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By Irma Geldiashvili
August 7, 2015
On Thursday, August 6, Rabbi Frederick Reeves joined Niagara Foundation for a roundtable discussion on the Jewish approach to Biblical prophets. Reeves talked about Jewish scripture, the Bible, the Talmud and shared some curious stories through which audience learned about Jewish perspective on prophets. The Talmud, a body of literature, which counts as Jewish scripture, is much bigger than Bible and is very complex. Rabbinic tradition states that there are two bodies of knowledge that were given to Moses: a written Torah that refers to the five books of Moses (Genesis, Exodus, Leviticus, Numbers and Deuteronomy); and an oral Torah (traditions that are passed down person to person to generations).
One particular Rabbi, Yehuda HaNasi (Judah the Prince), was worried about contemporary children being different from previous generations that put the oral tradition into danger of getting lost. Therefore, he wrote down the oral tradition that he had received from his teacher, which became the first stratum of the Talmud. By doing so, he revolutionized the study of the oral Torah because people no longer receive an entire body of tradition from their teachers orally: they find it easier to read the written text.
Afterwards, as Rabbi Frederick Reeves began to talk about prophecy he told a traditional story: a group of rabbis are together in a study hall arguing about a particular oven in which someone has found a dead snake in it. Since there has been a dead snake in the oven, it is no longer a kosher oven; so, they cannot cook food in it anymore. Therefore, Rabbi Eliezer breaks the oven, repairs it, and says, “Since it was broken and we have remade it, now it is a new oven and therefore it can be considered a kosher oven.” The rest of the rabbis disagreed: since it was the same oven, it was in the same place, and it was made out of the same parts, it was not kosher. Therefore, the argument goes on back and forth.
Eliezer becomes frustrated and says, “If Jewish law follows my opinion, may this tree prove it!” The tree lifts up its roots, walks across the courtyard, and resettles its roots. Then, Rabbi Joshua replies, “Proof in Jewish law cannot be brought from a tree.” Eliezer then utters, “If the Jewish law is the way I say it is may this river prove it!” Then the river next to the synagogue reversed course and flowed to the opposite direction. Rabbi Joshua retorts, “Jewish legal proof cannot be brought from a river.” Eliezer then says, “If the Jewish law is the way I say it is, may this study hall itself prove it!” The walls in the building that they were in started to shake. Suddenly, Rabbi Joshua stands up, wags his finger to the walls, and says, “Who are you to intervene when students of Jewish law are studying?!” The walls did not collapse, but they did not return to their original positions. Finally, Eliezer could not take it anymore and he declares, “If the law is the way I say it is, may God himself prove it!” A voice calls out from the heaven: “Why are you arguing with my son rabbi Eliezer, don’t you know that Jewish law always follows his opinion?” “It is not in heaven,” Rabbi Joshua says, “The Torah has been given to us, we have the Torah, and we pay no attention to a voice from heaven. Eliezer was left on his own in this argument and was excommunicated as the majority usually wins in Jewish law. Then, Eliezer meets the Prophet Elijah and asks, “What did God do with that moment?” The Prophet Elijah says, “God laughed.”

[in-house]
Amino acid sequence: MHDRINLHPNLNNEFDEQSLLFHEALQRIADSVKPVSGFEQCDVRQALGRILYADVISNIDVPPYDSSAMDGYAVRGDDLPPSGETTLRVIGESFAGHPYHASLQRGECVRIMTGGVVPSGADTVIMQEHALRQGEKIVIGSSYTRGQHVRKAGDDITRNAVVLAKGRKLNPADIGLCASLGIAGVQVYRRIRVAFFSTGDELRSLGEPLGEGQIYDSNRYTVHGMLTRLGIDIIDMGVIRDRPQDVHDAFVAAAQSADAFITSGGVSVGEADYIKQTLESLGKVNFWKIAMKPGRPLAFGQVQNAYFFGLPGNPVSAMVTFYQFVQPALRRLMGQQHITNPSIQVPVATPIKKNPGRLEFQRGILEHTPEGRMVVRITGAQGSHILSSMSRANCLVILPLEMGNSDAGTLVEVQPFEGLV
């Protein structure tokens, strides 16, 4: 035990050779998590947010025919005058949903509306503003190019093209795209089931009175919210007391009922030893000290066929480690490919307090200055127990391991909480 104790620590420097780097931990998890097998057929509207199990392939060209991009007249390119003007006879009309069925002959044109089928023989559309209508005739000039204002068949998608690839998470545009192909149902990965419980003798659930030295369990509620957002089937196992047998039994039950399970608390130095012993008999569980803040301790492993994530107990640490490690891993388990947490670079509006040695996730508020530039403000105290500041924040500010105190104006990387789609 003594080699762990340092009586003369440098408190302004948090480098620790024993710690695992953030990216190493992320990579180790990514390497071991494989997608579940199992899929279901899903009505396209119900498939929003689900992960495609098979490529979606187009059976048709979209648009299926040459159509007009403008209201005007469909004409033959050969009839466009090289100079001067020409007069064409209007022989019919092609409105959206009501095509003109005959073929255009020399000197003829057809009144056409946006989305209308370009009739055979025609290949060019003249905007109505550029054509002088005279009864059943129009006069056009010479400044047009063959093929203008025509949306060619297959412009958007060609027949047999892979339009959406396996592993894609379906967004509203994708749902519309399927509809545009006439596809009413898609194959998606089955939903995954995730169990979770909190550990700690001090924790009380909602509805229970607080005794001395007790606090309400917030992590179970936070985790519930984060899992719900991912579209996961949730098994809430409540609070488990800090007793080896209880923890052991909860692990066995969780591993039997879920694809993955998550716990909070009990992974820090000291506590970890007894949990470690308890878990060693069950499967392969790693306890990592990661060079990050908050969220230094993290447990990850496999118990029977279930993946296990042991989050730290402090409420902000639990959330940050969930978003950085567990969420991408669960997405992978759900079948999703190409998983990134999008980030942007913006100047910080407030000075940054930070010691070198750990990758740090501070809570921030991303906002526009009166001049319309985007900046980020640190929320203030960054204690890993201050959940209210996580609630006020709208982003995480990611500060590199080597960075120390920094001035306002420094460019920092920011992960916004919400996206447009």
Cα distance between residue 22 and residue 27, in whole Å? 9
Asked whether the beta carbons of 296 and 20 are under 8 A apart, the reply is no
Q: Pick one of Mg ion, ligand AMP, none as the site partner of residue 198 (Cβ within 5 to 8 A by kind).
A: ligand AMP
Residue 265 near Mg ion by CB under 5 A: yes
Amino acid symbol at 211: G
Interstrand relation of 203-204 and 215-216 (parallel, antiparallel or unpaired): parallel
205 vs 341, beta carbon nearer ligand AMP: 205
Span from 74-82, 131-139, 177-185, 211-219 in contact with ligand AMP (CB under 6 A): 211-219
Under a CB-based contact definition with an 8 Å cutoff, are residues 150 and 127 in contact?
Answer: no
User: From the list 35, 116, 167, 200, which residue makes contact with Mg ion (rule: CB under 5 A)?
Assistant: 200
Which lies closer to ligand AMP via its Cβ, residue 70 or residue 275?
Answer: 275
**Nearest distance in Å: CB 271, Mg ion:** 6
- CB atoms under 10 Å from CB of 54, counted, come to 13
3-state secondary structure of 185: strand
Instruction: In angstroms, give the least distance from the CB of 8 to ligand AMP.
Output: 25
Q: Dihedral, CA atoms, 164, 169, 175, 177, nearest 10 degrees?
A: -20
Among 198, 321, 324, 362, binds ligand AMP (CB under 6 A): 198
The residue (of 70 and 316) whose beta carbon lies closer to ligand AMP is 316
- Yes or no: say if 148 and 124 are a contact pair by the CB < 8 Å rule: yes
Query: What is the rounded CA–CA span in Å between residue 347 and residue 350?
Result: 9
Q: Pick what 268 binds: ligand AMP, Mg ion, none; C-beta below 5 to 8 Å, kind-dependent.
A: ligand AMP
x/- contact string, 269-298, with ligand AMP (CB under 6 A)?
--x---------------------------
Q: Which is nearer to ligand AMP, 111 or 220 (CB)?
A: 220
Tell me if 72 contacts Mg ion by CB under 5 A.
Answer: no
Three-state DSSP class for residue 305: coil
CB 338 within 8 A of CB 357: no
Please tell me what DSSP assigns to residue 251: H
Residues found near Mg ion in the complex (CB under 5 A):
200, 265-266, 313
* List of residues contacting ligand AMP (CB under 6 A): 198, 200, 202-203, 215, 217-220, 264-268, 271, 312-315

When Rabbi Frederick Reeves was asked if he thought the oven was kosher, he responded, “The rules of the system say that you follow the majority, and the majority said it was not kosher. However, that being said, there are situations when you are dealing with vessels that you can break them and remake them and they are a new vessel; that also exists within a system; it is very complex.” Consequently, the perspective of the story is that the Torah is not in heaven and there is no more prophecy from a Jewish perspective. “What we do, how we do, the way is shown in Torah, we can read, learn and follow it,” says Reeves. “All of the Bible in this respect contains an element of what we might call prophecy, only the Bible. From the Rabbinic Jewish perspective, the destruction of the first temple is when prophecy seizes. After the temple is destroyed, God’s presence leaves the temple, and prophecy ceases. No longer are there prophetic messages coming from God, because we have an ultimate prophecy in the book of Moses, and we don’t need anymore prophecy. We know what we are supposed to do; we just have to read that book. That, long story short, is the Jewish view of prophecy.”
We at Niagara Foundation want to thank Rabbi Frederick Reeves for dedicating time to an intimate roundtable discussion about Jewish perspective on prophets and for sharing his knowledge about the topic.